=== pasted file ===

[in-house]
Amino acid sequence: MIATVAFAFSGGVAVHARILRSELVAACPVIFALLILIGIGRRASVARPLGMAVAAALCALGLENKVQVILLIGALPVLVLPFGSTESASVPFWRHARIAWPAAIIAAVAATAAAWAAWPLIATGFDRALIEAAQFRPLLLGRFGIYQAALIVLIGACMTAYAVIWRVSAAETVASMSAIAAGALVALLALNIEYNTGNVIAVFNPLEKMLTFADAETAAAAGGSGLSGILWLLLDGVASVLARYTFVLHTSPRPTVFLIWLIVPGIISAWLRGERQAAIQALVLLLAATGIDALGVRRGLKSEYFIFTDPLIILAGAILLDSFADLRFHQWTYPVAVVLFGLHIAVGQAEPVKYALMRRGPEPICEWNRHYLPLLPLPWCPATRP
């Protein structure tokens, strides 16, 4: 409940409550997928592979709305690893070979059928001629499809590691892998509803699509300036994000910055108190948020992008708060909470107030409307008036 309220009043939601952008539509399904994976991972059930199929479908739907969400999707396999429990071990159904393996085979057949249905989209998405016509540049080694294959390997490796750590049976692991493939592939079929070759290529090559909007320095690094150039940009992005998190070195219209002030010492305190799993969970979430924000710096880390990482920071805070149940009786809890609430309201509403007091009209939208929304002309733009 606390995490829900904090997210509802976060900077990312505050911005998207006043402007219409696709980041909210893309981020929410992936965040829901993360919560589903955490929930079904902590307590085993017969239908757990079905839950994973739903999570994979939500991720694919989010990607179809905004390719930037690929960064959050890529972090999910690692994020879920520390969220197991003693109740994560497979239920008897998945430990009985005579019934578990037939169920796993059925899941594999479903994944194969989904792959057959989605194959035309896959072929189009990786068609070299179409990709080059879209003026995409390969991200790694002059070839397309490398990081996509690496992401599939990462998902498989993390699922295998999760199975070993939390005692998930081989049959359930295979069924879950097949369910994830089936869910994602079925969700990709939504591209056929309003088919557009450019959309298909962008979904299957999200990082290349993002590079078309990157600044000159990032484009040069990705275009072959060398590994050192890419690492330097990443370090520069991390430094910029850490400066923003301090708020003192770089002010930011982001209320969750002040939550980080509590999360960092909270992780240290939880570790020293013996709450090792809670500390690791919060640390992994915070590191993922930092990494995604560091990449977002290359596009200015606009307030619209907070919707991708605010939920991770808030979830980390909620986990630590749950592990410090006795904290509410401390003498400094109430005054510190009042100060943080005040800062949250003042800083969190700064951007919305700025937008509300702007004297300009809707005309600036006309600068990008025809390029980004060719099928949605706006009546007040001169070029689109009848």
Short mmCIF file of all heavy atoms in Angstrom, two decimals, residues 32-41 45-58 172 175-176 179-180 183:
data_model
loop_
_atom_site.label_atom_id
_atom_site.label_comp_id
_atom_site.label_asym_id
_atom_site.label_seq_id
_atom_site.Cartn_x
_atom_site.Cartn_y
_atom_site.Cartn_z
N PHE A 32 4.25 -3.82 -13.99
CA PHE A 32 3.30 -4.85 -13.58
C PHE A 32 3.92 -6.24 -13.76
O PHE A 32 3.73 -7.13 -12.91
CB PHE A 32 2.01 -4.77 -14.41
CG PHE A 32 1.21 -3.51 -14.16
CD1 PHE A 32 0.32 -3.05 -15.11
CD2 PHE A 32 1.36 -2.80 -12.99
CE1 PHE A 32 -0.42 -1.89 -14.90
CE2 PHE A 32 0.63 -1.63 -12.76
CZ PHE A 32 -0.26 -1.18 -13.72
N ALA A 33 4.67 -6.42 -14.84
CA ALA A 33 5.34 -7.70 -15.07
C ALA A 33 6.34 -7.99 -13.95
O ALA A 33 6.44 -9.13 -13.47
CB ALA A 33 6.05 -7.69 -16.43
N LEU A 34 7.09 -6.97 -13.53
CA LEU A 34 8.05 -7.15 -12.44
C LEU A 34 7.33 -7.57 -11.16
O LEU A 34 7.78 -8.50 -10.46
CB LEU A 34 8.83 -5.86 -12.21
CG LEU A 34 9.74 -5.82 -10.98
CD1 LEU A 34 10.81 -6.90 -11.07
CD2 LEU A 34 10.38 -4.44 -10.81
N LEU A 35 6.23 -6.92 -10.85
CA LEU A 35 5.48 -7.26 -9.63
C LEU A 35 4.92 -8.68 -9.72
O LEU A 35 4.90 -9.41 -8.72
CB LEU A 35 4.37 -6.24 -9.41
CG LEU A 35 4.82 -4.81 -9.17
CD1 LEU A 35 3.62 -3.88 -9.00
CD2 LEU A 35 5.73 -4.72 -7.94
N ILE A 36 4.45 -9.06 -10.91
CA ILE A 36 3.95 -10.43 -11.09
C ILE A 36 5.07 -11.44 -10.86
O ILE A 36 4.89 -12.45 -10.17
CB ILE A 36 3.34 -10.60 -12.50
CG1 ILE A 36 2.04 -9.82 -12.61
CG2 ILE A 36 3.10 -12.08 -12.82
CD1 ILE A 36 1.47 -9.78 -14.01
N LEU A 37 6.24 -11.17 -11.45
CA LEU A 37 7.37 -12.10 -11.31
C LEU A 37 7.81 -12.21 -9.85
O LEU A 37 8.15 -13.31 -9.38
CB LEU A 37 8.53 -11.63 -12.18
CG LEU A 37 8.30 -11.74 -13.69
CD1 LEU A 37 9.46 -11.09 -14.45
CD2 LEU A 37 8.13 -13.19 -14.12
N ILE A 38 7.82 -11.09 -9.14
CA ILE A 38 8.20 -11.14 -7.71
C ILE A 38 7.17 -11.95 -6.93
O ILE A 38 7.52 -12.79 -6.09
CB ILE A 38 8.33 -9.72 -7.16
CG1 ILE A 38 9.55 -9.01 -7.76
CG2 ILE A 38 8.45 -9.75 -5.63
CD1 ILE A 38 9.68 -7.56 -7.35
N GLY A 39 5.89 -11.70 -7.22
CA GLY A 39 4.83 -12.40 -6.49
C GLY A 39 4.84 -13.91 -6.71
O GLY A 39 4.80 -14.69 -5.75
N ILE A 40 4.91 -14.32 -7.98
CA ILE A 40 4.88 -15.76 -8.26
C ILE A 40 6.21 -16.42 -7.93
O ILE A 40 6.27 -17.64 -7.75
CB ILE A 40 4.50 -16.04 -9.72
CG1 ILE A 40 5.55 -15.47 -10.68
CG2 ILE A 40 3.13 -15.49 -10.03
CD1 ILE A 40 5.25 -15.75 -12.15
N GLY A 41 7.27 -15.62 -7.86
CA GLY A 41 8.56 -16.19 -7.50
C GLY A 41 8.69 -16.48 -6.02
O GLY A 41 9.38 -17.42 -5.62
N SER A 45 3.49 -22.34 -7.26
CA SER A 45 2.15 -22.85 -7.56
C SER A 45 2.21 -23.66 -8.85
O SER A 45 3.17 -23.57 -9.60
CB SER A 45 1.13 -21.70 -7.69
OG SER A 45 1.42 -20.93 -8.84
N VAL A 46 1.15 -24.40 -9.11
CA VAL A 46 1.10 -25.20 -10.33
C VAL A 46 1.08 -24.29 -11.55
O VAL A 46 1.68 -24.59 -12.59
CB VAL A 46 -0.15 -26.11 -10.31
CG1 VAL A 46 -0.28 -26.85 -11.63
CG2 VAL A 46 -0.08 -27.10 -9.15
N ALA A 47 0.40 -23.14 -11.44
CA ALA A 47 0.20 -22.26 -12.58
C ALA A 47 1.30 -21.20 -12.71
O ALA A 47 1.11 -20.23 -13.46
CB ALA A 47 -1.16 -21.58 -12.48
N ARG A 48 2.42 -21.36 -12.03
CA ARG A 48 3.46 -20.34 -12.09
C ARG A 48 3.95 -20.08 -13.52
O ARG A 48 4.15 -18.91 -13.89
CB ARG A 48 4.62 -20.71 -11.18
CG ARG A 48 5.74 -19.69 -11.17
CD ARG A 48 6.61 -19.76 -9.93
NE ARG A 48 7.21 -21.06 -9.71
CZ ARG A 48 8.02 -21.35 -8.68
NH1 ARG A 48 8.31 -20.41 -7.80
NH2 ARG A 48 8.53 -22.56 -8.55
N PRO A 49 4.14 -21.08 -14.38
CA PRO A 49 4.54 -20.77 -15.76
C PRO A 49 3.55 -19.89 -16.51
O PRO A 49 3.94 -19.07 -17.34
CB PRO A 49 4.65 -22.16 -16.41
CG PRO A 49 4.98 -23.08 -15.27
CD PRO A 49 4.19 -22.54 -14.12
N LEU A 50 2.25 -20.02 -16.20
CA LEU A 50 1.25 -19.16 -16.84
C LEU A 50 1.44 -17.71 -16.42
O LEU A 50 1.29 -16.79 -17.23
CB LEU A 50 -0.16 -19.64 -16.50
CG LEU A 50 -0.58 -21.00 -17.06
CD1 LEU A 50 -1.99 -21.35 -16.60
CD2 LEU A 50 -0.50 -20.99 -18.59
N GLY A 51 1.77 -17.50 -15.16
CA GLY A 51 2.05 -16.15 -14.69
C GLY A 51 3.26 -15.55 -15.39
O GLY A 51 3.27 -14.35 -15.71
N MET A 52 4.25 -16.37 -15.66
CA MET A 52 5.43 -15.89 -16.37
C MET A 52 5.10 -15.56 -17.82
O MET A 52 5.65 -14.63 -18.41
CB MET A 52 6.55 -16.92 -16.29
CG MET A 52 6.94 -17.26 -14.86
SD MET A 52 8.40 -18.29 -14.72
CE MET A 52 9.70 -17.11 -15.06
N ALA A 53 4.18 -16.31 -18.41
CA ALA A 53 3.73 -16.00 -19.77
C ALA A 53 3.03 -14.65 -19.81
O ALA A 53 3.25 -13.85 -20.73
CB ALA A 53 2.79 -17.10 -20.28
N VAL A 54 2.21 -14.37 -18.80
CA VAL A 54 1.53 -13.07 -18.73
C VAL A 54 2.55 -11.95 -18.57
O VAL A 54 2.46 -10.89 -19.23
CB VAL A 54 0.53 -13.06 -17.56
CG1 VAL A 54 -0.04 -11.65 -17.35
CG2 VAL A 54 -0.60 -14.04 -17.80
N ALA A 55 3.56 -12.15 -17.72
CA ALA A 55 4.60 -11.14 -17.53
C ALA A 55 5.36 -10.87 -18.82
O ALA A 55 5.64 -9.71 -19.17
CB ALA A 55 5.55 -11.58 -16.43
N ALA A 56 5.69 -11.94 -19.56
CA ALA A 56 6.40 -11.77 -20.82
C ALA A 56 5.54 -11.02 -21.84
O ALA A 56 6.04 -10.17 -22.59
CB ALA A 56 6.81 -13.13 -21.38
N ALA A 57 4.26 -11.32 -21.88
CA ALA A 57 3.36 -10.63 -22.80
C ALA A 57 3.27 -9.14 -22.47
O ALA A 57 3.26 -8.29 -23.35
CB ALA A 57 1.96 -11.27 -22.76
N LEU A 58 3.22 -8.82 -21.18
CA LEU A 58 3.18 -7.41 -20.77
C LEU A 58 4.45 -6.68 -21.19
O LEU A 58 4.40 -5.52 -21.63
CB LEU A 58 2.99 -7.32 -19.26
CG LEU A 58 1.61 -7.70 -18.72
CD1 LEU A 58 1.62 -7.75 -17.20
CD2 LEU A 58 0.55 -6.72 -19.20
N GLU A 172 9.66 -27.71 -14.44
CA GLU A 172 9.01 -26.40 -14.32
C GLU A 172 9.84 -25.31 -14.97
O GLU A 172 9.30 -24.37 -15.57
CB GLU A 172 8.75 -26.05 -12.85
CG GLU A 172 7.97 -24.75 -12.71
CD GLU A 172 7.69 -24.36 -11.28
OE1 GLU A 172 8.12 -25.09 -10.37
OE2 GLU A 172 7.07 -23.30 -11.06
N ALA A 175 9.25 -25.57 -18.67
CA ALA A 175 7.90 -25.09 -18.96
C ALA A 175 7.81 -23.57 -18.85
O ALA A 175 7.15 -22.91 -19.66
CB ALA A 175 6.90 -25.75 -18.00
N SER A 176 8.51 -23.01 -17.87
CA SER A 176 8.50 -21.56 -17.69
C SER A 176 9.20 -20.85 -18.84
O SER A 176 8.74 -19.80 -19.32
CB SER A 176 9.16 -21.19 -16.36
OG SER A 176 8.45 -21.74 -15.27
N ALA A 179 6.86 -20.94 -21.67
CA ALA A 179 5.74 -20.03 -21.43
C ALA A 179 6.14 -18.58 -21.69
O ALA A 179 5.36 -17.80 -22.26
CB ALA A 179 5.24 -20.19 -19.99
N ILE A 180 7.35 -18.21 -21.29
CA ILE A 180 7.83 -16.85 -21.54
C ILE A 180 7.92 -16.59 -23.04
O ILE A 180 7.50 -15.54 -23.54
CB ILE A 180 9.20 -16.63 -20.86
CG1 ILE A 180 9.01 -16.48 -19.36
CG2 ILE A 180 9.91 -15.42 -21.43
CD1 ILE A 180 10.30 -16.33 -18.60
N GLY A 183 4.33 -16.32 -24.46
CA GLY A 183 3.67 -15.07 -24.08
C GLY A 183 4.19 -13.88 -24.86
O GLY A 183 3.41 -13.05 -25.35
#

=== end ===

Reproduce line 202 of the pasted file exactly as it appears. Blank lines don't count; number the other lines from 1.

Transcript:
N ILE A 180 7.35 -18.21 -21.29